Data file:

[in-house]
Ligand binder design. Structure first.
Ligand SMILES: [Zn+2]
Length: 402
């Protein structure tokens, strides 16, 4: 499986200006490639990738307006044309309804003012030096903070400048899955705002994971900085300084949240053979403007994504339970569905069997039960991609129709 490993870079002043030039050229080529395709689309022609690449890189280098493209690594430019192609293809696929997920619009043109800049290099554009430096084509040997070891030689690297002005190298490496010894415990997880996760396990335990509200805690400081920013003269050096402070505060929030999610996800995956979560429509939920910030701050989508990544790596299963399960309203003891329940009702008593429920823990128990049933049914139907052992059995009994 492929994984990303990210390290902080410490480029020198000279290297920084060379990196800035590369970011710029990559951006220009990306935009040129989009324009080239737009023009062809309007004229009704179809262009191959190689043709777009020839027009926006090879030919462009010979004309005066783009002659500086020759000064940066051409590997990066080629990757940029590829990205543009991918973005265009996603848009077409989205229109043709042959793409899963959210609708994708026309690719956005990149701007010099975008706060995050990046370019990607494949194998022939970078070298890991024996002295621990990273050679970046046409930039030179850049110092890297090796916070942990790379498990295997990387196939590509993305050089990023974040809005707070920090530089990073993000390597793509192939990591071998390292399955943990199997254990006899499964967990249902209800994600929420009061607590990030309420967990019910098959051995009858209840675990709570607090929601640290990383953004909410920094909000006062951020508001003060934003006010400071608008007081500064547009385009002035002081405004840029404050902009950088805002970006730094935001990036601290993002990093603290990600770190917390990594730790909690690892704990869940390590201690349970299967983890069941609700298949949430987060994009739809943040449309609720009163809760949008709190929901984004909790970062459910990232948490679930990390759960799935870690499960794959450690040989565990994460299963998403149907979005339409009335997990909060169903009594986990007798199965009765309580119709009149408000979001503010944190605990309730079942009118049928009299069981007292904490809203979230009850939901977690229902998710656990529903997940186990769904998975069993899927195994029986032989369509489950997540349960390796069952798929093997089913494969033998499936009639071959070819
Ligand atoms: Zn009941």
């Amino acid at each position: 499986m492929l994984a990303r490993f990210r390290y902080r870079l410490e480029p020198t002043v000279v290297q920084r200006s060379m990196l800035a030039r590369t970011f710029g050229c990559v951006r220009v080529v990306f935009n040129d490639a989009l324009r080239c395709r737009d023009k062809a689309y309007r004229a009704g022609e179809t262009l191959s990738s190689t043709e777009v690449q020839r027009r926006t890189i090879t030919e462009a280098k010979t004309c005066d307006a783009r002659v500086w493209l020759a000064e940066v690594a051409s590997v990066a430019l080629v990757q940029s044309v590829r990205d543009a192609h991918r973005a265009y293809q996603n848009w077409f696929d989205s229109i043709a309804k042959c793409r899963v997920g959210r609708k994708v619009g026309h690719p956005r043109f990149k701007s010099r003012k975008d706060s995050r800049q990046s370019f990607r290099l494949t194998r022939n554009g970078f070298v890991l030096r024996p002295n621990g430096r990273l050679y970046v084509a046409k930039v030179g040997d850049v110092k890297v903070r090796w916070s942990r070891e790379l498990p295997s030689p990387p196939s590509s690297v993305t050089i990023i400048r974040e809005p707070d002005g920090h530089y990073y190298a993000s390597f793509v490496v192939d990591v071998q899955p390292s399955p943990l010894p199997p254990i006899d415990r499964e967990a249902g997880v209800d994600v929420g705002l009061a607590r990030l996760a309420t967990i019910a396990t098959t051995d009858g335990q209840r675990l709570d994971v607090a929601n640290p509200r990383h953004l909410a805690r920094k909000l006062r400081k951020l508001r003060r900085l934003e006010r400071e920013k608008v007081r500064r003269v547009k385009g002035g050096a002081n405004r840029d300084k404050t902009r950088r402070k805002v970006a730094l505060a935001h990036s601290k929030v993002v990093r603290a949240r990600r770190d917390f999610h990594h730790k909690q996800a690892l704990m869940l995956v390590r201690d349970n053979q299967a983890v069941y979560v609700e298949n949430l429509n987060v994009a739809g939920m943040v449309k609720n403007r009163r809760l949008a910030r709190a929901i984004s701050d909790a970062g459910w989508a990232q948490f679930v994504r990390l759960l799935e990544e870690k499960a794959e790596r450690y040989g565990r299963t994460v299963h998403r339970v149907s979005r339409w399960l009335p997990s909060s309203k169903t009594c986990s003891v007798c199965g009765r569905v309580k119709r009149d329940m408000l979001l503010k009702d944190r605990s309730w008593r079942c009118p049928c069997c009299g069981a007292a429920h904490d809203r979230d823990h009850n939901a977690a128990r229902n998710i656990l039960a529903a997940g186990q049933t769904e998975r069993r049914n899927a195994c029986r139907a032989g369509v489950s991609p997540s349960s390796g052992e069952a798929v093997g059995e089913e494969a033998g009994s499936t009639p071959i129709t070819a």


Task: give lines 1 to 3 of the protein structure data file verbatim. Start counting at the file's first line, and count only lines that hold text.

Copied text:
[in-house]
Ligand binder design. Structure first.
Ligand SMILES: [Zn+2]